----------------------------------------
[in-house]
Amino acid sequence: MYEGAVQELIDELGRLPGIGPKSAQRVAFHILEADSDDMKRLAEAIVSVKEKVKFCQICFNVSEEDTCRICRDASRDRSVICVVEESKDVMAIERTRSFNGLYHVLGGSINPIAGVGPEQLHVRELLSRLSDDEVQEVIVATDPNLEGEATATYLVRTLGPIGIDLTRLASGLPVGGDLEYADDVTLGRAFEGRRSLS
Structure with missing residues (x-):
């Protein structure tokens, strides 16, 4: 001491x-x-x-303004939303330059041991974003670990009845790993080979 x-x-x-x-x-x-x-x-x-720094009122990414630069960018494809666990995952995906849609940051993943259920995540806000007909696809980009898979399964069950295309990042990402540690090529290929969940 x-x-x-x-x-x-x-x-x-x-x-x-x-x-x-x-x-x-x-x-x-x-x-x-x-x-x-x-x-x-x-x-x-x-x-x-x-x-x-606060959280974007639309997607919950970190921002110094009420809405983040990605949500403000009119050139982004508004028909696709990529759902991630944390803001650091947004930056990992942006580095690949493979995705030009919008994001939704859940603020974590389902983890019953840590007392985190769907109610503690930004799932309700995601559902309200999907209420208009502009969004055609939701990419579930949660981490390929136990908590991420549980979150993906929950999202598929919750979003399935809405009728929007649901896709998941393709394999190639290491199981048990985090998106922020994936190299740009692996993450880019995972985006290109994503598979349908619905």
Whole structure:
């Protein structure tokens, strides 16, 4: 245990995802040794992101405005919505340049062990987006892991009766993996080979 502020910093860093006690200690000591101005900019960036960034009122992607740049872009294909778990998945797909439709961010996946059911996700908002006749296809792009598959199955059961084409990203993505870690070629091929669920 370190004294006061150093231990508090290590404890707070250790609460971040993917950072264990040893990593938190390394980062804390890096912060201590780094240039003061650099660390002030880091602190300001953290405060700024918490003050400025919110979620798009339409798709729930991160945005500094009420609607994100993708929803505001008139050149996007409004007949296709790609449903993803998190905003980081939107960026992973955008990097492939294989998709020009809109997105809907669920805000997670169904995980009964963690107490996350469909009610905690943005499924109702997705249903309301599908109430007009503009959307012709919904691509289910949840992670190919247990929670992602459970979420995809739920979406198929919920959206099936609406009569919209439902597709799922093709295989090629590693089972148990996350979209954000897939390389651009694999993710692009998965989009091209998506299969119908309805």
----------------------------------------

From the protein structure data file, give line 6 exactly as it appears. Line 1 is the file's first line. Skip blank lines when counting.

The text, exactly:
């Protein structure tokens, strides 16, 4: 245990995802040794992101405005919505340049062990987006892991009766993996080979 502020910093860093006690200690000591101005900019960036960034009122992607740049872009294909778990998945797909439709961010996946059911996700908002006749296809792009598959199955059961084409990203993505870690070629091929669920 370190004294006061150093231990508090290590404890707070250790609460971040993917950072264990040893990593938190390394980062804390890096912060201590780094240039003061650099660390002030880091602190300001953290405060700024918490003050400025919110979620798009339409798709729930991160945005500094009420609607994100993708929803505001008139050149996007409004007949296709790609449903993803998190905003980081939107960026992973955008990097492939294989998709020009809109997105809907669920805000997670169904995980009964963690107490996350469909009610905690943005499924109702997705249903309301599908109430007009503009959307012709919904691509289910949840992670190919247990929670992602459970979420995809739920979406198929919920959206099936609406009569919209439902597709799922093709295989090629590693089972148990996350979209954000897939390389651009694999993710692009998965989009091209998506299969119908309805």